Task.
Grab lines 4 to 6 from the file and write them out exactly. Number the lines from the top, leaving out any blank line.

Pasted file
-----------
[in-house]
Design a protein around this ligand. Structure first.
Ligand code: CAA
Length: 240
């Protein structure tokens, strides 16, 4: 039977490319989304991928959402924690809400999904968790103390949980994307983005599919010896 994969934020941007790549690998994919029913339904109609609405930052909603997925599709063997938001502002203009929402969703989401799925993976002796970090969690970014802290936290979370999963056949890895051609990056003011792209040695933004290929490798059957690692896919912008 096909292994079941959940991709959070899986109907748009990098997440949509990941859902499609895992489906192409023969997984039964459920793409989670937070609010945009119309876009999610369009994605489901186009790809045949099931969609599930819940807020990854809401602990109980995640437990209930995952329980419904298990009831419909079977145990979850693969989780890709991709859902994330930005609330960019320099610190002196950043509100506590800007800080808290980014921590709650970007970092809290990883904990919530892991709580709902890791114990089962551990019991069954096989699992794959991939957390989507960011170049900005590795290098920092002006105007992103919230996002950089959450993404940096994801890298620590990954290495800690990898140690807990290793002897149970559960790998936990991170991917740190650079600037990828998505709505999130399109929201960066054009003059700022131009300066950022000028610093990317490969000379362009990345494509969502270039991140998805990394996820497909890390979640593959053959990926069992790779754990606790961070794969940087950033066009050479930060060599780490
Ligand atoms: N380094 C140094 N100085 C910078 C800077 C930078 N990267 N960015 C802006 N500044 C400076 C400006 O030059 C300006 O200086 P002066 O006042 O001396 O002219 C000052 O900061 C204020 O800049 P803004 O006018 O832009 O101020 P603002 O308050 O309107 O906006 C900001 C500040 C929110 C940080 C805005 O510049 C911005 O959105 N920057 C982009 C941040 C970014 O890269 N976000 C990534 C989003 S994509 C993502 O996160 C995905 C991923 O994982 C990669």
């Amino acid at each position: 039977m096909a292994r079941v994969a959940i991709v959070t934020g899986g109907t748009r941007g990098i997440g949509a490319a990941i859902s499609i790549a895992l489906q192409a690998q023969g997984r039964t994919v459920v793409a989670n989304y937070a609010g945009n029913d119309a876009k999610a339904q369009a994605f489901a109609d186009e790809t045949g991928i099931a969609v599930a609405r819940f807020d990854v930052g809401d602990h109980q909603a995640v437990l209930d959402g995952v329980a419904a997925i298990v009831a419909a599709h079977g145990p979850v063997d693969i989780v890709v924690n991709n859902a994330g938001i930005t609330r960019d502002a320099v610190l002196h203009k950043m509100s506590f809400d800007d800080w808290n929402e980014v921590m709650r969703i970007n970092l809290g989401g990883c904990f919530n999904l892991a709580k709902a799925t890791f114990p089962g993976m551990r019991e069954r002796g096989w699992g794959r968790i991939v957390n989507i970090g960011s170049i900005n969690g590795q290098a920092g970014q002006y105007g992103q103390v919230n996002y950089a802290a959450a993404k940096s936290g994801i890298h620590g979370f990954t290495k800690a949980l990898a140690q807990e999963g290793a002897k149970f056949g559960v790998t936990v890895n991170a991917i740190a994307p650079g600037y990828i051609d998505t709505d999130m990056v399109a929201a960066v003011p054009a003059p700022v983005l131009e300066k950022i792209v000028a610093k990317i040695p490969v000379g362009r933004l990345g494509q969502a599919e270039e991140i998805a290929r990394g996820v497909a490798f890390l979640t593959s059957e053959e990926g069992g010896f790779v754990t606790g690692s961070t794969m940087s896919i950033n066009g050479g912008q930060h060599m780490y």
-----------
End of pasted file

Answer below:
Length: 240
């Protein structure tokens, strides 16, 4: 039977490319989304991928959402924690809400999904968790103390949980994307983005599919010896 994969934020941007790549690998994919029913339904109609609405930052909603997925599709063997938001502002203009929402969703989401799925993976002796970090969690970014802290936290979370999963056949890895051609990056003011792209040695933004290929490798059957690692896919912008 096909292994079941959940991709959070899986109907748009990098997440949509990941859902499609895992489906192409023969997984039964459920793409989670937070609010945009119309876009999610369009994605489901186009790809045949099931969609599930819940807020990854809401602990109980995640437990209930995952329980419904298990009831419909079977145990979850693969989780890709991709859902994330930005609330960019320099610190002196950043509100506590800007800080808290980014921590709650970007970092809290990883904990919530892991709580709902890791114990089962551990019991069954096989699992794959991939957390989507960011170049900005590795290098920092002006105007992103919230996002950089959450993404940096994801890298620590990954290495800690990898140690807990290793002897149970559960790998936990991170991917740190650079600037990828998505709505999130399109929201960066054009003059700022131009300066950022000028610093990317490969000379362009990345494509969502270039991140998805990394996820497909890390979640593959053959990926069992790779754990606790961070794969940087950033066009050479930060060599780490
Ligand atoms: N380094 C140094 N100085 C910078 C800077 C930078 N990267 N960015 C802006 N500044 C400076 C400006 O030059 C300006 O200086 P002066 O006042 O001396 O002219 C000052 O900061 C204020 O800049 P803004 O006018 O832009 O101020 P603002 O308050 O309107 O906006 C900001 C500040 C929110 C940080 C805005 O510049 C911005 O959105 N920057 C982009 C941040 C970014 O890269 N976000 C990534 C989003 S994509 C993502 O996160 C995905 C991923 O994982 C990669």